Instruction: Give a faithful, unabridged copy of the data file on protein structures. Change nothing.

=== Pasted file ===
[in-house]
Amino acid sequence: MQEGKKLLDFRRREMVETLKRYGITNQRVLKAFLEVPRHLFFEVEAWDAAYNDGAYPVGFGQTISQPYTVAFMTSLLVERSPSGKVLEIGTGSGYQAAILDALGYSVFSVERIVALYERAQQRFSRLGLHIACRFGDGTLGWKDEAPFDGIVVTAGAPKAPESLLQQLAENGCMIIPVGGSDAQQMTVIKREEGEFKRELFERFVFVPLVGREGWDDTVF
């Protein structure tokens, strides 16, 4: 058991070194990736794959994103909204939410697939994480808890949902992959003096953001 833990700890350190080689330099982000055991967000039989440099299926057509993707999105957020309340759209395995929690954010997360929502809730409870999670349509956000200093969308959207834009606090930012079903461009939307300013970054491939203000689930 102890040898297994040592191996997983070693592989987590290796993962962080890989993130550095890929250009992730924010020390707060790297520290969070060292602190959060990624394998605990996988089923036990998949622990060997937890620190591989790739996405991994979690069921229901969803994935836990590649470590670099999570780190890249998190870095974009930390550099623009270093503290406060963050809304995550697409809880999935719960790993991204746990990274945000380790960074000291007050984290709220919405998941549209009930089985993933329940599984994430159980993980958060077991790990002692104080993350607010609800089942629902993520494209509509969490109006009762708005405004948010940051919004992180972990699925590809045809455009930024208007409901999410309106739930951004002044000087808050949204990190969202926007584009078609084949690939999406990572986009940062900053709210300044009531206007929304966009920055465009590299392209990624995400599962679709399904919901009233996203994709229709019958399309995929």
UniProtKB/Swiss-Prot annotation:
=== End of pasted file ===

[in-house]
Amino acid sequence: MQEGKKLLDFRRREMVETLKRYGITNQRVLKAFLEVPRHLFFEVEAWDAAYNDGAYPVGFGQTISQPYTVAFMTSLLVERSPSGKVLEIGTGSGYQAAILDALGYSVFSVERIVALYERAQQRFSRLGLHIACRFGDGTLGWKDEAPFDGIVVTAGAPKAPESLLQQLAENGCMIIPVGGSDAQQMTVIKREEGEFKRELFERFVFVPLVGREGWDDTVF
């Protein structure tokens, strides 16, 4: 058991070194990736794959994103909204939410697939994480808890949902992959003096953001 833990700890350190080689330099982000055991967000039989440099299926057509993707999105957020309340759209395995929690954010997360929502809730409870999670349509956000200093969308959207834009606090930012079903461009939307300013970054491939203000689930 102890040898297994040592191996997983070693592989987590290796993962962080890989993130550095890929250009992730924010020390707060790297520290969070060292602190959060990624394998605990996988089923036990998949622990060997937890620190591989790739996405991994979690069921229901969803994935836990590649470590670099999570780190890249998190870095974009930390550099623009270093503290406060963050809304995550697409809880999935719960790993991204746990990274945000380790960074000291007050984290709220919405998941549209009930089985993933329940599984994430159980993980958060077991790990002692104080993350607010609800089942629902993520494209509509969490109006009762708005405004948010940051919004992180972990699925590809045809455009930024208007409901999410309106739930951004002044000087808050949204990190969202926007584009078609084949690939999406990572986009940062900053709210300044009531206007929304966009920055465009590299392209990624995400599962679709399904919901009233996203994709229709019958399309995929």
UniProtKB/Swiss-Prot annotation: